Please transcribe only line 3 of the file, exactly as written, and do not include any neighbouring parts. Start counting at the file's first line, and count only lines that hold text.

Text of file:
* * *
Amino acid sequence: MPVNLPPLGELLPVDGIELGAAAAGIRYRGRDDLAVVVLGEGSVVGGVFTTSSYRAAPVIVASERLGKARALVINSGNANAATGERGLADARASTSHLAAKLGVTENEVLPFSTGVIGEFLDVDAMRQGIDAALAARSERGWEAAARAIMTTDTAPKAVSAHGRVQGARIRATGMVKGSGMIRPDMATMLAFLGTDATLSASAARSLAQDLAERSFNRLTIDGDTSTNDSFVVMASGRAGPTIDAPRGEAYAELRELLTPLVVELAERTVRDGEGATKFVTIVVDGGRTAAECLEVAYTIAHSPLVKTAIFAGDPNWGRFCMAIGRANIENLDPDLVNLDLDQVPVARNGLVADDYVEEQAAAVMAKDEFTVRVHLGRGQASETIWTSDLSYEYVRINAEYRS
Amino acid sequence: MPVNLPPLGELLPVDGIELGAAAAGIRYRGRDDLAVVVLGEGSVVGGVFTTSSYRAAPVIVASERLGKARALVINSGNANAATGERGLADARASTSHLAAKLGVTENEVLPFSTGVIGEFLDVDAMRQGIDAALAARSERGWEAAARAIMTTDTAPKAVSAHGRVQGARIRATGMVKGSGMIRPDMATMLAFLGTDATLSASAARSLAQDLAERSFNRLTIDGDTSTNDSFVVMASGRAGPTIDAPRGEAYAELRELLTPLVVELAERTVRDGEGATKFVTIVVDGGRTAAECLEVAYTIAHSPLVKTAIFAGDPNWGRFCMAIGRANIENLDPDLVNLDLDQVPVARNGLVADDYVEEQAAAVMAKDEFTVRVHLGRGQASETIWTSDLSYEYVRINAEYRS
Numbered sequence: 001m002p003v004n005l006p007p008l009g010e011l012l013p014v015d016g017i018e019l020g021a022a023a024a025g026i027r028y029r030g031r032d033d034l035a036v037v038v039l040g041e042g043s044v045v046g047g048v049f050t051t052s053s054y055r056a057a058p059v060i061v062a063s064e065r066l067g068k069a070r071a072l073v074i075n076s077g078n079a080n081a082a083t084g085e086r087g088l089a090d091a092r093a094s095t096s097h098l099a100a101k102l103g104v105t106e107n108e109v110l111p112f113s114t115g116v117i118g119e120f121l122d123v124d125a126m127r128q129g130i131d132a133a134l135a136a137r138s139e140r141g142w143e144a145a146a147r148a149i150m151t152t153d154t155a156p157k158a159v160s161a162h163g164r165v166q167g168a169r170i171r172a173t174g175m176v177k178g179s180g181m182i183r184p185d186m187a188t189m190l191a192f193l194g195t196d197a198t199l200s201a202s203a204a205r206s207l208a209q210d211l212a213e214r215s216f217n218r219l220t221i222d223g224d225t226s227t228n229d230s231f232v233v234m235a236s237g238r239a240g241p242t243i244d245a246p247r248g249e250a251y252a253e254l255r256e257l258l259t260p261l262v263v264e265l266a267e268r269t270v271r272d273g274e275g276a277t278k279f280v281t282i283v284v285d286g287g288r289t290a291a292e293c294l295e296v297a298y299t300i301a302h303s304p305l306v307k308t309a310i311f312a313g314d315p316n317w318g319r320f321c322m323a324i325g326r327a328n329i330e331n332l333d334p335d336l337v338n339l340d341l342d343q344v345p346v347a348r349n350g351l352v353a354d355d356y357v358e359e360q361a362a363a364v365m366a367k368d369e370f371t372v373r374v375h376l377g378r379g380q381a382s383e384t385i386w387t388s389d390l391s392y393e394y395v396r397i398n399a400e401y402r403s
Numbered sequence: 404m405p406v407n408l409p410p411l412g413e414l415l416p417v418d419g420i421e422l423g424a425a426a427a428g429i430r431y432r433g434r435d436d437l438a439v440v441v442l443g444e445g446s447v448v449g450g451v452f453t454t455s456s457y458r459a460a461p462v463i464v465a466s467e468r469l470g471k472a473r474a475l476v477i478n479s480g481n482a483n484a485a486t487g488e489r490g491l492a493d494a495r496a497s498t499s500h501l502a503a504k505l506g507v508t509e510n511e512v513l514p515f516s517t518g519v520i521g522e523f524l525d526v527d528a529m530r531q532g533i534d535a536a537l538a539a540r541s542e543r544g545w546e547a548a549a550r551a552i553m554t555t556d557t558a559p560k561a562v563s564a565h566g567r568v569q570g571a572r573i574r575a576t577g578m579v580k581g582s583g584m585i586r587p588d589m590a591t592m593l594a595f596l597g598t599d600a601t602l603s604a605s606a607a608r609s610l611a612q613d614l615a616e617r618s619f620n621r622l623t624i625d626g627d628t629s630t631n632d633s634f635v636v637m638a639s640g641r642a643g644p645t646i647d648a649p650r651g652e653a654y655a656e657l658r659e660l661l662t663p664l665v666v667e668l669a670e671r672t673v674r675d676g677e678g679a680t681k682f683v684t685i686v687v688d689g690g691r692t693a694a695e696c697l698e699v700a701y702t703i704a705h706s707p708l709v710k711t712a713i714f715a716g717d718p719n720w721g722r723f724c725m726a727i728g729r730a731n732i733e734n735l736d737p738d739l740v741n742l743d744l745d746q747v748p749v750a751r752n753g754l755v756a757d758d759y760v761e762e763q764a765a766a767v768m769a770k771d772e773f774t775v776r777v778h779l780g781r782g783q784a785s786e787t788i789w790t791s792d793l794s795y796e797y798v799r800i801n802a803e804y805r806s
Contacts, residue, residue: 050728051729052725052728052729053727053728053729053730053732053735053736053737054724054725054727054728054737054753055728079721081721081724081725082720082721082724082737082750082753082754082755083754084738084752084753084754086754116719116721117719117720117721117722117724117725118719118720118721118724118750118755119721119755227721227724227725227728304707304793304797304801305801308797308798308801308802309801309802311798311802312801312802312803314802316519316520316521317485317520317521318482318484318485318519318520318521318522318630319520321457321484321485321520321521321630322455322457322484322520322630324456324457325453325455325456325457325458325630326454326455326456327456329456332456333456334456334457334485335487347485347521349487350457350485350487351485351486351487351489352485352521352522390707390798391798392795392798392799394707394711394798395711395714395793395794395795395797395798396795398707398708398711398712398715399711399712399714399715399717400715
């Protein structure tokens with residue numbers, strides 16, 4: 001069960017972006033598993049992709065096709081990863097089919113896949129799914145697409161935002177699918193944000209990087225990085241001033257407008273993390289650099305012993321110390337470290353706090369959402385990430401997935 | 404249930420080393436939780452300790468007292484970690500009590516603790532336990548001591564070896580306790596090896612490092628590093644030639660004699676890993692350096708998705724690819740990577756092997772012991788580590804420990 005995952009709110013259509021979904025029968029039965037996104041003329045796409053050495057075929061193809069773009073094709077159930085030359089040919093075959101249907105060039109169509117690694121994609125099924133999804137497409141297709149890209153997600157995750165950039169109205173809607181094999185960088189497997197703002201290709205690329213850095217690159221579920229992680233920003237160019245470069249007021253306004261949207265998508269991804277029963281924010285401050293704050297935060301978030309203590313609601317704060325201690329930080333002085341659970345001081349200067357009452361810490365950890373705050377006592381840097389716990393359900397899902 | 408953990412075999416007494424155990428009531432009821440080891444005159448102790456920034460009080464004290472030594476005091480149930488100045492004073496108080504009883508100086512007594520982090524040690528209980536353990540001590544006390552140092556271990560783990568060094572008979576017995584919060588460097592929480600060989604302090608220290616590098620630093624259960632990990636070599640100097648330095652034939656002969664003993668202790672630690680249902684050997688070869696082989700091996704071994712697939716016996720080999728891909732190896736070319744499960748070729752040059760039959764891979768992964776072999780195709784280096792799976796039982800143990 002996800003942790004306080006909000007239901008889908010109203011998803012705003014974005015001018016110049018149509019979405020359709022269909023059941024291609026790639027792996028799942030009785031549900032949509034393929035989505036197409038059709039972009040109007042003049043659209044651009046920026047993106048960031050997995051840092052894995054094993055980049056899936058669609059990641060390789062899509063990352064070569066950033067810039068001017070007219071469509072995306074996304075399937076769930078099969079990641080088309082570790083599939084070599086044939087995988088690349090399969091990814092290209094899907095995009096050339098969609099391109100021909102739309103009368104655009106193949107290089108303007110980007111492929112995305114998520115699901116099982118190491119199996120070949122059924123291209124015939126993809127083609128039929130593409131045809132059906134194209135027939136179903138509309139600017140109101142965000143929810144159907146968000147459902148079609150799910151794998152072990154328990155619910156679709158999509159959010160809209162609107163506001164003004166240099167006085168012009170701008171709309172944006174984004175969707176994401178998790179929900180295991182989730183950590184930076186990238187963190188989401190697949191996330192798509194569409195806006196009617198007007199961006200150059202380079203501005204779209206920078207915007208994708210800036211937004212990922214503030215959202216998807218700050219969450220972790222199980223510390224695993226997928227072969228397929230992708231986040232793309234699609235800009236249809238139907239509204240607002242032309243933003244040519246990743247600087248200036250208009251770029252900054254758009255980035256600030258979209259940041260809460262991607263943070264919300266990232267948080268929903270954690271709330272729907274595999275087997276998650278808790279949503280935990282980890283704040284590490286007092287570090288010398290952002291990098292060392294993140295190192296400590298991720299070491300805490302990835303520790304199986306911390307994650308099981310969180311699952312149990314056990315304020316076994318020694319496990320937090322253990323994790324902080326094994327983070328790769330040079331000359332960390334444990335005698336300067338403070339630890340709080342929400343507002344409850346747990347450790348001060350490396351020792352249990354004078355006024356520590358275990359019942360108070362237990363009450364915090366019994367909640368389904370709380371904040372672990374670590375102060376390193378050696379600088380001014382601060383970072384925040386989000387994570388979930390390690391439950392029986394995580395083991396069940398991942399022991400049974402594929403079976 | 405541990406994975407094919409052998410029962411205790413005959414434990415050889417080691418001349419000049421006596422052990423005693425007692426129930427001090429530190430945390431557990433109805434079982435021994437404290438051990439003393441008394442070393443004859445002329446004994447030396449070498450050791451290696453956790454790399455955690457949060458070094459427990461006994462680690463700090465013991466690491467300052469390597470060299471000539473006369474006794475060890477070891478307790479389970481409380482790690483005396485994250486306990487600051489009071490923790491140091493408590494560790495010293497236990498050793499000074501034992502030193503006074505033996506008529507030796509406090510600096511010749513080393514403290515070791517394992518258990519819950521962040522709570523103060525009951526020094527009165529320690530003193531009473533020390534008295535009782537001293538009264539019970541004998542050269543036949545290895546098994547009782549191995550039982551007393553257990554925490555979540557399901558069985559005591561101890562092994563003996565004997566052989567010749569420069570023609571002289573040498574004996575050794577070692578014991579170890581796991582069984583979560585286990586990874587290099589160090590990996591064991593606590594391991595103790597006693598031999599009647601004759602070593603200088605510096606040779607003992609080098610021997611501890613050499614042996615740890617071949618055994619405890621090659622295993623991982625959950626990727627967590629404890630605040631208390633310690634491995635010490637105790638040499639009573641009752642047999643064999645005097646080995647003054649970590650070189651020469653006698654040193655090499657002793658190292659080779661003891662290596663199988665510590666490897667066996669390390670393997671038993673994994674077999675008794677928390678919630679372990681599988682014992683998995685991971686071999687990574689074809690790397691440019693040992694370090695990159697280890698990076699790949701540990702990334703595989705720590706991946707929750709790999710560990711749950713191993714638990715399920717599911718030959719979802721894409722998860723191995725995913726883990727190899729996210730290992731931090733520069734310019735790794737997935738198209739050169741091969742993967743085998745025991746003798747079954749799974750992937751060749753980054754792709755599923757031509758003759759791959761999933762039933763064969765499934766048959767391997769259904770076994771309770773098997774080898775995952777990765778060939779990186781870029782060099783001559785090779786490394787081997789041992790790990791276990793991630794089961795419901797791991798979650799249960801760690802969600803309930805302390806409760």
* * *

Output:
Numbered sequence: 001m002p003v004n005l006p007p008l009g010e011l012l013p014v015d016g017i018e019l020g021a022a023a024a025g026i027r028y029r030g031r032d033d034l035a036v037v038v039l040g041e042g043s044v045v046g047g048v049f050t051t052s053s054y055r056a057a058p059v060i061v062a063s064e065r066l067g068k069a070r071a072l073v074i075n076s077g078n079a080n081a082a083t084g085e086r087g088l089a090d091a092r093a094s095t096s097h098l099a100a101k102l103g104v105t106e107n108e109v110l111p112f113s114t115g116v117i118g119e120f121l122d123v124d125a126m127r128q129g130i131d132a133a134l135a136a137r138s139e140r141g142w143e144a145a146a147r148a149i150m151t152t153d154t155a156p157k158a159v160s161a162h163g164r165v166q167g168a169r170i171r172a173t174g175m176v177k178g179s180g181m182i183r184p185d186m187a188t189m190l191a192f193l194g195t196d197a198t199l200s201a202s203a204a205r206s207l208a209q210d211l212a213e214r215s216f217n218r219l220t221i222d223g224d225t226s227t228n229d230s231f232v233v234m235a236s237g238r239a240g241p242t243i244d245a246p247r248g249e250a251y252a253e254l255r256e257l258l259t260p261l262v263v264e265l266a267e268r269t270v271r272d273g274e275g276a277t278k279f280v281t282i283v284v285d286g287g288r289t290a291a292e293c294l295e296v297a298y299t300i301a302h303s304p305l306v307k308t309a310i311f312a313g314d315p316n317w318g319r320f321c322m323a324i325g326r327a328n329i330e331n332l333d334p335d336l337v338n339l340d341l342d343q344v345p346v347a348r349n350g351l352v353a354d355d356y357v358e359e360q361a362a363a364v365m366a367k368d369e370f371t372v373r374v375h376l377g378r379g380q381a382s383e384t385i386w387t388s389d390l391s392y393e394y395v396r397i398n399a400e401y402r403s